May 4th with Us: Freedom Riders during the Cold War Are Much More Important Than Star Wars

Regrettably, I’ve been neglecting the significance of May 4th as the first day of the Freedom Rides in 1961. As much as I enjoy the Star Wars Day theme of “May the Fourth Be with You,” I can work more at helping my students appreciate the historical milestones of the Freedom Rides as encouragement for us to keep working out the “better angels of our nature” in terms of justice, dignity, and mutual respect as human beings. provides a helpful introduction to the significance of the rides:

"The original group of 13 Freedom Riders—seven African Americans and six whites—left Washington, D.C., on a Greyhound bus on May 4, 1961. Their plan was to reach New Orleans, Louisiana, on May 17 to commemorate the seventh anniversary of the Supreme Court’s Brown v. Board of Education decision, which ruled that segregation of the nation’s public schools was unconstitutional."

The roles of news and mass media amplify the power of such events. explains this role: “The Freedom Rides were successful in large part because they were able to engage the media and gain a sympathetic national audience.” In my AP and Honors English courses, we explore interconnections with important rhetorical and historical moments that don’t always fit into tidy units of study. In the fall, the Puritans, The Crucible, and the Cold War connect to the civil rights movement through our study and discussions. My colleague who teaches APUSH explores Cold War history in the spring, so students get a double dose of historical and rhetorical perspectives in their junior year.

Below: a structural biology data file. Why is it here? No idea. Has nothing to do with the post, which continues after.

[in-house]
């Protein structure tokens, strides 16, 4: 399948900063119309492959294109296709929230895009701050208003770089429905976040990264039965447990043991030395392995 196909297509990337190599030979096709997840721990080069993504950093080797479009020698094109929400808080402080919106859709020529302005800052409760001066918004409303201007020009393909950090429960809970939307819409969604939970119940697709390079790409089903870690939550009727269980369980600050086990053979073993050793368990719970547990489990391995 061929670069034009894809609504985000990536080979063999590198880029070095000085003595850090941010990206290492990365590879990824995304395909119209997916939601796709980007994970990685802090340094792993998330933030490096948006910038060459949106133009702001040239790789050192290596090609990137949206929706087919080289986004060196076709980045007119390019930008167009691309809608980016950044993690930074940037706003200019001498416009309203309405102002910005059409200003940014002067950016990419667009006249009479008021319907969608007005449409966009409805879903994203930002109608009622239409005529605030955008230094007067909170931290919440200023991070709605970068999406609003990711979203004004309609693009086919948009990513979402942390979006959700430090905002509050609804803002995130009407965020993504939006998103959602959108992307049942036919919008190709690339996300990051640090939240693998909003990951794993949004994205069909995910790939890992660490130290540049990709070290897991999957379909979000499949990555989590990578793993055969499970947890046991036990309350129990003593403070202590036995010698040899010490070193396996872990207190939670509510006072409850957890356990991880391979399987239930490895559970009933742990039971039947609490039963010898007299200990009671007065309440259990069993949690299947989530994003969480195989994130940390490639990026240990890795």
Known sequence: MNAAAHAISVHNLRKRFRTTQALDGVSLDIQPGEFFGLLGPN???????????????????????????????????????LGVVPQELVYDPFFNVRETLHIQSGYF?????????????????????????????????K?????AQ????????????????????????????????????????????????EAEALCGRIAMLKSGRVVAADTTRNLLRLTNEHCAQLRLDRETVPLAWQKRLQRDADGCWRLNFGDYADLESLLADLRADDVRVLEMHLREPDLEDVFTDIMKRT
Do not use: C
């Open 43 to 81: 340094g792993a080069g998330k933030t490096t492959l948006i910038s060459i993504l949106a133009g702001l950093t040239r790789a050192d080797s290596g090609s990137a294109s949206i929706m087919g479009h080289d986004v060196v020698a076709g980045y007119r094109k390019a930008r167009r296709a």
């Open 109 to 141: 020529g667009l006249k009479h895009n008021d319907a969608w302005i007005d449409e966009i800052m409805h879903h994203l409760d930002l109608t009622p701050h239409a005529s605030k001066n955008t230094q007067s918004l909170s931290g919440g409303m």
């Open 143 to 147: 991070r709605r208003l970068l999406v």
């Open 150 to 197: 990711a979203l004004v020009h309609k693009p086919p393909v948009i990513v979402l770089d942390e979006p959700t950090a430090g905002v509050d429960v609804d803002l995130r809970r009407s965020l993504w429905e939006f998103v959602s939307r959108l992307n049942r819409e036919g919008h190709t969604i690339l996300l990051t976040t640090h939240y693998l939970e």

Thinking back to resources used in previous years, one fascinating bit of Cold War argumentation from the Soviet Union asserted that in Russia one can sit on any part of the bus one wants in contrast to the “land of the free.” The page with the recording and translation of this claim has long since disappeared, so I haven’t been able to use it with my students. Today, I was thinking about such connections with countries, conflicts, freedom, justice, and public transportation. In more ways than I can explore here, the pressures of the Cold War conflicts provoked American leaders and citizens to think more thoroughly about their commitments to essential rights and freedoms.

Basically, days such as May 4th in connection to Freedom Rides can offer an opportunity for having students reach back (doing interleaving work) and make connections to our previous learning once again in the spring as we are wrapping up the year. It also keeps us historically attuned to the difficult journey to live up to our pledge to be a society that has “liberty and justice for all.”

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